While the international media insists on placing a negative focus on Israel, it’s important to know about the positive contributions Israel makes. Here’s some of the latest news from Israel in the area of medicine.
Preventing Deadly Infections
An anti-inflammatory drug, alpha1-antitrypsin (AAT), could be effective in preventing deadly infections in patients with compromised immune systems, researchers at Ben Gurion University of the Negev (BGU) announced last week.
As reported in the Journal of Infectious Diseases, the study, led by Dr. Eli C. Lewis and his team of BGU researchers, examined the effectiveness of AAT as treatment against the growth and spread of bacteria.
Bacterial infections in patients with compromised immune systems can lead to sepsis, multiple organ dysfunction and death, even with the treatment of antibiotics. This is especially problematic when such individuals experience prolonged hospitalization, where they are exposed to large amounts of bacteria.
The unexpected discovery occurred when mice were treated with AAT in an effort to determine whether the drug would strengthen infections. To the researchers’ surprise, the treated mice combated lethal infections better than did untreated mice, and bacteria directly introduced into their systems were almost completely eradicated by the AAT therapy within 24 hours.
This discovery is especially promising as the current rate of bacterial resistance in antibiotics and the rate of development of new antibiotics are insufficient. Dr. Lewis, world-renowned expert on autoimmune disease and head of the Clinical Islet Laboratory at BGU, says the implications are immense.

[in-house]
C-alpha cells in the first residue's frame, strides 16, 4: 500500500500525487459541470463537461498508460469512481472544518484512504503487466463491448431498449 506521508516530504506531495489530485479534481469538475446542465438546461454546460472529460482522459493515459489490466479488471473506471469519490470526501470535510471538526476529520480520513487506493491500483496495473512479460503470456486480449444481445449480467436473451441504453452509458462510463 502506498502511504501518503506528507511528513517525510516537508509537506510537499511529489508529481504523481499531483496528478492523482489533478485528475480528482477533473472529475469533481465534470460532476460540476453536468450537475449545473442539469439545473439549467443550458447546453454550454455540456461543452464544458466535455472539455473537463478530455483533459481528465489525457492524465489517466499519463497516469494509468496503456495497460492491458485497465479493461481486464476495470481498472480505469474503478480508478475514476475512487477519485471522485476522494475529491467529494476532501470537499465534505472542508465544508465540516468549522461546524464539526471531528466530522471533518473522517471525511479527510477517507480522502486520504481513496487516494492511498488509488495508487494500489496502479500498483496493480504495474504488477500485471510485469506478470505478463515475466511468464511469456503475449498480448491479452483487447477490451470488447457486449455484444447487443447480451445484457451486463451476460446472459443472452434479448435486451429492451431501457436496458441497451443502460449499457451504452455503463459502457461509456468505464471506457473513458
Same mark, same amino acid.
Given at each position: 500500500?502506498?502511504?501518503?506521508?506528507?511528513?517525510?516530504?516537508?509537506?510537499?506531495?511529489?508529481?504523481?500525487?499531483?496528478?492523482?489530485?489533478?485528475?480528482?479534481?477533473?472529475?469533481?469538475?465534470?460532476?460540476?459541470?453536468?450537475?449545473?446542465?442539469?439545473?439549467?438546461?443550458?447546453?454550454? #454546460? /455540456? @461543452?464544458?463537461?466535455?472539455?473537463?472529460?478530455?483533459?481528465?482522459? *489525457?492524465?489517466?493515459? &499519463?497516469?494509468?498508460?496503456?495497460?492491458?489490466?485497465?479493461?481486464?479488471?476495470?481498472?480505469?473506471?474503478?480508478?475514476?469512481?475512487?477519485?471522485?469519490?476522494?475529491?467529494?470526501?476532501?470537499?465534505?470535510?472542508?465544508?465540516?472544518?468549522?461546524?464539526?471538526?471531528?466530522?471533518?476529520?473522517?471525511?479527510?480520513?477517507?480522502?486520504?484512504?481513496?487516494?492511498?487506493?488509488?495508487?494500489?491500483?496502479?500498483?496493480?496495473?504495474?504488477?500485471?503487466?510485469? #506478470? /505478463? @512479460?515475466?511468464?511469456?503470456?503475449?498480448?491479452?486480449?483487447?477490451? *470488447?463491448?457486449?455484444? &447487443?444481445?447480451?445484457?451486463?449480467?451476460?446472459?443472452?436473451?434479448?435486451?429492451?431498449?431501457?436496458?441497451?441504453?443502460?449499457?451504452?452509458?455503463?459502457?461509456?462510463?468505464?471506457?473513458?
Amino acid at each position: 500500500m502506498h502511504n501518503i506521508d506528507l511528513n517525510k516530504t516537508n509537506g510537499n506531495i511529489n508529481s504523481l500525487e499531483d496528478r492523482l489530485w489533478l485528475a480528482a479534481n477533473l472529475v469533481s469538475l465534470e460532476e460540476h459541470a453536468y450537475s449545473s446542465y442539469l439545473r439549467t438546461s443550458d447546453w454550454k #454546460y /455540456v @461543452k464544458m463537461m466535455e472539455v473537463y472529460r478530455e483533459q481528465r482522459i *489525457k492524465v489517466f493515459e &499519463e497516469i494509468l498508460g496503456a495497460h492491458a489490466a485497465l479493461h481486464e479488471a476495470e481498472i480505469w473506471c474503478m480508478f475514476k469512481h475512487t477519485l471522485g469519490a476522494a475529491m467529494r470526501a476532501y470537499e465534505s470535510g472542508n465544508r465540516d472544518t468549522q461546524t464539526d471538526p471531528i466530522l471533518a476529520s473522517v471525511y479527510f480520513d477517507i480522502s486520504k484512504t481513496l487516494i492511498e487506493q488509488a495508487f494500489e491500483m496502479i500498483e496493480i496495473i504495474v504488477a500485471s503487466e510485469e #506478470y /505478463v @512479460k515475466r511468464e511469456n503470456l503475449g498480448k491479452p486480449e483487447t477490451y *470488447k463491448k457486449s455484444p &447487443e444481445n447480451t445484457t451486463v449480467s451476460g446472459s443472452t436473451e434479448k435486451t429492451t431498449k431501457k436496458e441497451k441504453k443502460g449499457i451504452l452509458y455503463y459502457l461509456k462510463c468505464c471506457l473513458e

The BGU team is working on developing this information into safe, preemptive and readily accessible treatment for humans. As the research develops, their work will be published in future studies.
Nano-Particles to Attack Cancer
Tel Aviv University Professors Rimona Margalit and Dan Peer have developed a breakthrough in the treatment of cancer that has caught the attention of the international medical community.
The breakthrough is a drug delivery platform that uses “GAGomers,” a new class of nanoparticles, coated with glycosaminoglycan or GAGs, a polysugar that specifically targets tumors and blood cancers. The technology utilizes a biomarker that is expressed on malignant tissue.
In 2010, Pontifax, a leading Israeli venture capital firm, established Quiet Therapeutics, a bio-pharmaceutical company, in order to make Margalit’s and Peer’s platform accessible and marketable to oncology patients and their doctors.
In a nutshell, this new technology allows for much more efficient treatment by targeting the cancer cells with fewer drugs and, therefore, minimizing side effects.
Researchers at Hadassah Medical Center in Jerusalem have made a breakthrough discovery that would allow early detection, and possibly prevention, of colon and uterine cancers.
According to the study, a specific genetic mutation has been found that increases the risk of developing these types of cancers. This would help to identify at-risk patients, thus increasing successful treatment and reducing costs.
The research group was led by Dr. Yael Goldberg of the Sharett Institute of Oncology at Hadassah and included scientists from Hadassah, Rabin Medical Center in Petach Tikva and Sourasky Medical Center in Tel Aviv.
“The study is of immense importance in the prevention and early treatment of cancer. Identifying the genetic mutation allows us to find subsets of healthy people who carry that mutation and put them on an early prevention and observation program. Early detection of cancer is one of the most important tools in healing the deadly disease,” Prof. Tamar Peretz, senior oncologist and acting director-general of Hadassah, stated.
By Penina Taylor, United with Israel